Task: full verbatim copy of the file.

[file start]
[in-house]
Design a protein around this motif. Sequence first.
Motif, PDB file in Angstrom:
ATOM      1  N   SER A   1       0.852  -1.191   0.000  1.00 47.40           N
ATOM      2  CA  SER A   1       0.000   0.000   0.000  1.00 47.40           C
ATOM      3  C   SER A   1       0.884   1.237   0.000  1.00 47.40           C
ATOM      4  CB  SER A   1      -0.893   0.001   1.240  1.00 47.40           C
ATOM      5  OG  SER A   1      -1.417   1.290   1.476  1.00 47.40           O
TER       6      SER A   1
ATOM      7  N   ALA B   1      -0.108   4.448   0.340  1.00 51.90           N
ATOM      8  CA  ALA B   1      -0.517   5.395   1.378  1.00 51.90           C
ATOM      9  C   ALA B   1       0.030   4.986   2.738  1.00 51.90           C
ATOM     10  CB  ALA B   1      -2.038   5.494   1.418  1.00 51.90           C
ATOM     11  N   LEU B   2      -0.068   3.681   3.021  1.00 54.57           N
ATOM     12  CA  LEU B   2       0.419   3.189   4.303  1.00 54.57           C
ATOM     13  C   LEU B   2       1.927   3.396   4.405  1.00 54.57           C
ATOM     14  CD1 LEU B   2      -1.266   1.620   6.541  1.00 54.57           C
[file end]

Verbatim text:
[in-house]
Design a protein around this motif. Sequence first.
Motif, PDB file in Angstrom:
ATOM      1  N   SER A   1       0.852  -1.191   0.000  1.00 47.40           N
ATOM      2  CA  SER A   1       0.000   0.000   0.000  1.00 47.40           C
ATOM      3  C   SER A   1       0.884   1.237   0.000  1.00 47.40           C
ATOM      4  CB  SER A   1      -0.893   0.001   1.240  1.00 47.40           C
ATOM      5  OG  SER A   1      -1.417   1.290   1.476  1.00 47.40           O
TER       6      SER A   1
ATOM      7  N   ALA B   1      -0.108   4.448   0.340  1.00 51.90           N
ATOM      8  CA  ALA B   1      -0.517   5.395   1.378  1.00 51.90           C
ATOM      9  C   ALA B   1       0.030   4.986   2.738  1.00 51.90           C
ATOM     10  CB  ALA B   1      -2.038   5.494   1.418  1.00 51.90           C
ATOM     11  N   LEU B   2      -0.068   3.681   3.021  1.00 54.57           N
ATOM     12  CA  LEU B   2       0.419   3.189   4.303  1.00 54.57           C
ATOM     13  C   LEU B   2       1.927   3.396   4.405  1.00 54.57           C
ATOM     14  CD1 LEU B   2      -1.266   1.620   6.541  1.00 54.57           C